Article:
In Brazil, Amazon is not as strong, but Google (which owns YouTube) and Facebook (owner of Instagram) dominate digital marketing. These companies sell extremely targeted advertising space on social media and search engines. The price is defined by an auction system (who gives more, appears).

They exist thousands of digital marketers specialized in optimizing these campaigns to try to get the best possible result while spending as little as possible.

If you think that I decided to compete with Google and Facebook to save Your Money, you are totally wrong. There’s simply no way.

What I did was think as if I were the guy who manages the companies’ marketing budget.

Think with me:

  • online advertising is booming;
  • that money is mostly going to Google and Facebook in Brazil;
  • these companies sell advertisements in an auction system. That is, those who pay more show off;
  • therefore, prices are skyrocketing. It is increasingly expensive to advertise;
  • as the sale is through an auction, there is no way to negotiate prices;
  • every marketing manager on the face of the earth is concerned about the dependence his business will have on Google and Facebook.

It is no wonder, therefore, that brands want to invest in content. It’s golden to be able to sell with content, with organic reach and without spending on marketing to get traffic on Google and Facebook.

But… does content sell?

My big bet to turn the tables on Seu Dinheiro was to offer a Branded Content project for Empiricus Research. The company is a major reference in digital marketing in Brazil, selling courses and subscriptions to finance content.

(Here I make two caveats to make everything clear. First, all branded content published on Seu Dinheiro has always been identified as advertising. Second, Empiricus has had a shareholding in Seu Dinheiro since its foundation. But the site has always been and still is a separate business, with its own need to generate revenue and bills to pay.)

It worked like this: Seu Dinheiro made the content and, if it sold something, it gained a revenue share. If it didn’t sell anything, Empiricus paid nothing.

For Empiricus, it was wonderful. Because she sold it paying less than what she spent advertising on Google and Facebook. And if she didn’t sell, she didn’t spend anything (which doesn’t happen in other channels).

It sounds bad for your money, but it was actually pretty good if you think about how it sold—and still does—millions.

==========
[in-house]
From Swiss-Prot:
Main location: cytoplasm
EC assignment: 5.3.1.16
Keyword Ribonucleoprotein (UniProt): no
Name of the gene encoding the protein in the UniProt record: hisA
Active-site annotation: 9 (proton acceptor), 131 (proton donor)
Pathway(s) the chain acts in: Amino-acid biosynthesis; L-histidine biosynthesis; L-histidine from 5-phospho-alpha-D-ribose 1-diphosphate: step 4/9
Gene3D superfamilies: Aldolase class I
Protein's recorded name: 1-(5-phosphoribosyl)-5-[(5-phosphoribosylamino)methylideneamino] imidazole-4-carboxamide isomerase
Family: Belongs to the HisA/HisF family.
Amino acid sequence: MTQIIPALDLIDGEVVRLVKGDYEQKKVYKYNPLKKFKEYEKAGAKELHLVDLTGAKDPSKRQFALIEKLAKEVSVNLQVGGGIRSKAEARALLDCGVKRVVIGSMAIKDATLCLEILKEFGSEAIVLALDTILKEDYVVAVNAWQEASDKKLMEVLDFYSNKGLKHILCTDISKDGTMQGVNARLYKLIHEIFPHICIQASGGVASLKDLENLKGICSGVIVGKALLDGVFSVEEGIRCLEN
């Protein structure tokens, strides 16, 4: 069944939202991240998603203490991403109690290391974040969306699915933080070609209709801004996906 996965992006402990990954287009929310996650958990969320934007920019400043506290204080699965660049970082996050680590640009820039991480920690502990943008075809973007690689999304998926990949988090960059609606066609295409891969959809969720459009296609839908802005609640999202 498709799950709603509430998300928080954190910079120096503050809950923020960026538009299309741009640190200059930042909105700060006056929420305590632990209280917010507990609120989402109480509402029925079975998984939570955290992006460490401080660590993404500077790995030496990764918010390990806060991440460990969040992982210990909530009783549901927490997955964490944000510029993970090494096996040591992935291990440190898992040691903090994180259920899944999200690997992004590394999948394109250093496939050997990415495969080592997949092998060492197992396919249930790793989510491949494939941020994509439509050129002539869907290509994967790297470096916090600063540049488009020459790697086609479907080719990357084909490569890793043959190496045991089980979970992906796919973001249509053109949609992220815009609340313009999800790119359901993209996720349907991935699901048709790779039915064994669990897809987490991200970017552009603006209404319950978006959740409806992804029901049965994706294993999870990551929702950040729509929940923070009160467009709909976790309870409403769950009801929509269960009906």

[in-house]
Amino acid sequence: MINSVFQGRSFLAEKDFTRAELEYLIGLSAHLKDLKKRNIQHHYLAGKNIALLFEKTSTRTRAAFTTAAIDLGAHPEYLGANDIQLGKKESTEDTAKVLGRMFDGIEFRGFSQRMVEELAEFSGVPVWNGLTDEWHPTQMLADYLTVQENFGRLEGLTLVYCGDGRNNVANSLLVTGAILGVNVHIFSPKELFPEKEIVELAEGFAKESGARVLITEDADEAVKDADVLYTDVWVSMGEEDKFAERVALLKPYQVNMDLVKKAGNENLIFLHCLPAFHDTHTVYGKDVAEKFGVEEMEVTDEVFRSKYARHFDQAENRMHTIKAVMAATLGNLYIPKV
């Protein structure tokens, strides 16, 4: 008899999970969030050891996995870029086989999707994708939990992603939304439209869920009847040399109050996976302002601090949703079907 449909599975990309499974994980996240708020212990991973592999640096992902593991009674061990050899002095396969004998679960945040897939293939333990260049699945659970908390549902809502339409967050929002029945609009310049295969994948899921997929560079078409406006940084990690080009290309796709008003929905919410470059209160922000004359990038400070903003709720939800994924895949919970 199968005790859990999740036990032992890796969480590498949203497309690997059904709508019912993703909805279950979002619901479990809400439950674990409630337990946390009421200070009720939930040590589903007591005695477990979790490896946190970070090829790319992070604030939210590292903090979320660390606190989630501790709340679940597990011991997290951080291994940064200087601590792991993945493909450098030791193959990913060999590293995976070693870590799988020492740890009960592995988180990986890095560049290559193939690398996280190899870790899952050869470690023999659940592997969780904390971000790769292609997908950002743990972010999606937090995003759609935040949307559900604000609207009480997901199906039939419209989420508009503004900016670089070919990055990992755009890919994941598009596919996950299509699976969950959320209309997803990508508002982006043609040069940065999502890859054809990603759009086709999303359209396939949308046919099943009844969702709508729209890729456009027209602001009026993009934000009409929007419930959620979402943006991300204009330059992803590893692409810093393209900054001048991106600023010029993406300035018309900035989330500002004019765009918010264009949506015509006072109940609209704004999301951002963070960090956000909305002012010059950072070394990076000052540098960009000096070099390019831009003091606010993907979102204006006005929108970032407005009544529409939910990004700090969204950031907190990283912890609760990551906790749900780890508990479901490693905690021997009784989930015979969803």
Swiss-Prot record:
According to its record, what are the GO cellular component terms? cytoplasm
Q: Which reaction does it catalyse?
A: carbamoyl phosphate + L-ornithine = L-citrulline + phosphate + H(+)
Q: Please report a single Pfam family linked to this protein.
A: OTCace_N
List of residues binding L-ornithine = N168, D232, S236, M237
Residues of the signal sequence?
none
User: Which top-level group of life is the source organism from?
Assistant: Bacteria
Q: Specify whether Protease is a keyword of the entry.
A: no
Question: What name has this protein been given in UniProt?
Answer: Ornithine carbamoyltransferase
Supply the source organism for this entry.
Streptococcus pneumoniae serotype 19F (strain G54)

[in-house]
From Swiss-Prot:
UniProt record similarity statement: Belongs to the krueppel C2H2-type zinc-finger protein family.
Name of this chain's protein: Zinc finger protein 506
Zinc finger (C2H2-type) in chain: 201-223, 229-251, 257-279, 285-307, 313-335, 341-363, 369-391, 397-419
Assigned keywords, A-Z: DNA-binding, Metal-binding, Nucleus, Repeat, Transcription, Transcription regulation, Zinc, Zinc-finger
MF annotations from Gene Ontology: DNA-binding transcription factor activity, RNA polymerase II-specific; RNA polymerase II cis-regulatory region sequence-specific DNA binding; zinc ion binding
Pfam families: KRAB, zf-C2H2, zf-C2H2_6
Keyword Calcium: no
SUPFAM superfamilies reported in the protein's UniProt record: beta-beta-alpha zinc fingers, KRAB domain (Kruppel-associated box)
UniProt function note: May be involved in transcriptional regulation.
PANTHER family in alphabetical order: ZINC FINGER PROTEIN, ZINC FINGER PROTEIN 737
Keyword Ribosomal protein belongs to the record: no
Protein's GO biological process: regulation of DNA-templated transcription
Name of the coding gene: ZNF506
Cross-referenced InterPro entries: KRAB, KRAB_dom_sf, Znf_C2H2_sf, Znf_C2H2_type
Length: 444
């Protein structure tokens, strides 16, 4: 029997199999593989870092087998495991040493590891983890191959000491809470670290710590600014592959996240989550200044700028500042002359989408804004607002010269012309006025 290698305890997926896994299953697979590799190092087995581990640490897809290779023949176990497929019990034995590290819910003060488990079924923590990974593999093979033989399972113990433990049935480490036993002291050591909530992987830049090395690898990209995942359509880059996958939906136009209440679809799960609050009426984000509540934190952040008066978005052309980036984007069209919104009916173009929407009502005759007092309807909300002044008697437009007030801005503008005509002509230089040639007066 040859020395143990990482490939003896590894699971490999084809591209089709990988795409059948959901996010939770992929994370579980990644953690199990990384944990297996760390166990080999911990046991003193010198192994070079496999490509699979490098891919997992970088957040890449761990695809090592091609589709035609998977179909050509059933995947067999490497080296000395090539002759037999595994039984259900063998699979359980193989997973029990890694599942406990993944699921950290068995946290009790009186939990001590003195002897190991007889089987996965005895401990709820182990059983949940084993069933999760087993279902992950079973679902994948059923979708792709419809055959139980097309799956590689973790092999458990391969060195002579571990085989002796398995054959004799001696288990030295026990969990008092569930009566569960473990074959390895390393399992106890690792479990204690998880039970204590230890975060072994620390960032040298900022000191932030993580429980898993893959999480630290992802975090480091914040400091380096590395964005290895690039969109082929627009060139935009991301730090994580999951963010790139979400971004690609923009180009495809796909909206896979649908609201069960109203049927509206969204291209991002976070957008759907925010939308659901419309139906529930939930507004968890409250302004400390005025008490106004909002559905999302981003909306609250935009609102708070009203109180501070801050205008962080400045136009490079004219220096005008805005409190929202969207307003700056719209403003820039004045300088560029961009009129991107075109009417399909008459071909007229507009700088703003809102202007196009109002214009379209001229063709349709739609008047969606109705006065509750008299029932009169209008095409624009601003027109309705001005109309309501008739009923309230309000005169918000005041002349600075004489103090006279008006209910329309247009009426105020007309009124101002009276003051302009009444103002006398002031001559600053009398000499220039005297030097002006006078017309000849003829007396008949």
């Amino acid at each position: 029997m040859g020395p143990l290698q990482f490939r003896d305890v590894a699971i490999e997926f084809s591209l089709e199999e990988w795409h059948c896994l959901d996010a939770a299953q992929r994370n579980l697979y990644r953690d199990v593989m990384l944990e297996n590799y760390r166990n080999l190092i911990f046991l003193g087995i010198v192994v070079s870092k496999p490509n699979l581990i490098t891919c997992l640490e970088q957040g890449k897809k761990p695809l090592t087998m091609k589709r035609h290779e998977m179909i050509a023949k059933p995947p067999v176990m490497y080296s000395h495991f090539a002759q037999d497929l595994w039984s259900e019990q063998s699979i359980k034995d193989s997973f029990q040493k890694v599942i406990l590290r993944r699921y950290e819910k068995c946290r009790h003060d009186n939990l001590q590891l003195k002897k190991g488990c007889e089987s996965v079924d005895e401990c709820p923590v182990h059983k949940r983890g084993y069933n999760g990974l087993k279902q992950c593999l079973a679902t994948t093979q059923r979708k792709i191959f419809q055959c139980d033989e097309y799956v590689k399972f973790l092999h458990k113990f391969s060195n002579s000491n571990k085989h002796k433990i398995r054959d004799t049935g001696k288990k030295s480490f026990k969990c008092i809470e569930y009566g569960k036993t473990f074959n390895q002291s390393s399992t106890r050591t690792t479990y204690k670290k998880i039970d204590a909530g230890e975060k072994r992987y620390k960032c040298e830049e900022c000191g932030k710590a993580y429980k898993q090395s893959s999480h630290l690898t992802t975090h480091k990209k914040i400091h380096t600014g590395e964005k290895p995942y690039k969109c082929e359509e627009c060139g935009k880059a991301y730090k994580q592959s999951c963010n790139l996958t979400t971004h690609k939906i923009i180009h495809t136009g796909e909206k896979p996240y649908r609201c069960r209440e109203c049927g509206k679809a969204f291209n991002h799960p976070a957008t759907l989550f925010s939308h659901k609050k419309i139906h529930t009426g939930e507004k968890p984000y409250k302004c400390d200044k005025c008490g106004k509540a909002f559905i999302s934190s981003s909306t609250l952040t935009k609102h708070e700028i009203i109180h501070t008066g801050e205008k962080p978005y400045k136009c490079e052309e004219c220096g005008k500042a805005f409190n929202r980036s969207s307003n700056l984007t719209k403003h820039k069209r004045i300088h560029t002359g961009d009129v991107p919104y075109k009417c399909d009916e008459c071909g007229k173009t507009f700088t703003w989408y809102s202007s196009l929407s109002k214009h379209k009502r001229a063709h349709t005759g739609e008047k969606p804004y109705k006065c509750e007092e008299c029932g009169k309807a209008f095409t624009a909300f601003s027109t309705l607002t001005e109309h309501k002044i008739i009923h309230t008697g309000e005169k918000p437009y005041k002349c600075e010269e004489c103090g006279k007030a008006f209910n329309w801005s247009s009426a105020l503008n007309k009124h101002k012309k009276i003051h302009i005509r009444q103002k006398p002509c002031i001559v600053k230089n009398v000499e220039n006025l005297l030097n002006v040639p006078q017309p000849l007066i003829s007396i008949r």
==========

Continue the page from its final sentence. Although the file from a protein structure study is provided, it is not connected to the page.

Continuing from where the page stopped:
It wasn’t easy to arrive at a content model that sells. I spent six months writing and publishing content every day that didn’t sell anything. They were ridiculous results. The site wasn’t going to survive like that.

The pressure for results led me to test all kinds of content until I found a model that sold (I bring an example in this free online class).

When we settled the hand, Seu Dinheiro got a very fat slice of that millionaire revenue. It was just not enough income to “get by”. We hired journalists, technology staff and started producing even more content.

There are an average of 40 free editorial articles per day, which are only possible because the site is economically viable.

Lesson 5: Everyone should learn about digital marketing

The case I told above is 100% true. But this is not an isolated case…

As I said, this experience changed my career. I went from being a “traditional” journalist to becoming an executive who develops profitable content projects. With quality, but with profitability (one thing does not exist without the other in the capitalist world).

By the way, I replicated this same strategy in other portals – including Money Times, which you are reading now.

Today I am the content director of the Empiricus group, I give lectures and teach MBA in Digital Marketing.

A company’s marketing strategy is not just a “campaign” or a cute video to be shown on TV. It is often the focal point of the business. The difference between a company living or going out of business. There are several cases that show this in Brazil and abroad (see some of them here).

Like I said, you can sell on the internet without spending the tubes on performance marketing. But it is a constant challenge.

In my MBA classes, I show that this project went through eight phases, with significant adjustments. In one of them, we just changed the order of a sequence of contents and tripled the result.

We recently had a case that brought 60% of sales from an Empiricus Research campaign. Reinforcement: without spending a real on paid traffic. This and other cases are available in this series of free videos, in which I participate. I suggest you see: maybe here is the insight of your life.

Source: Moneytimes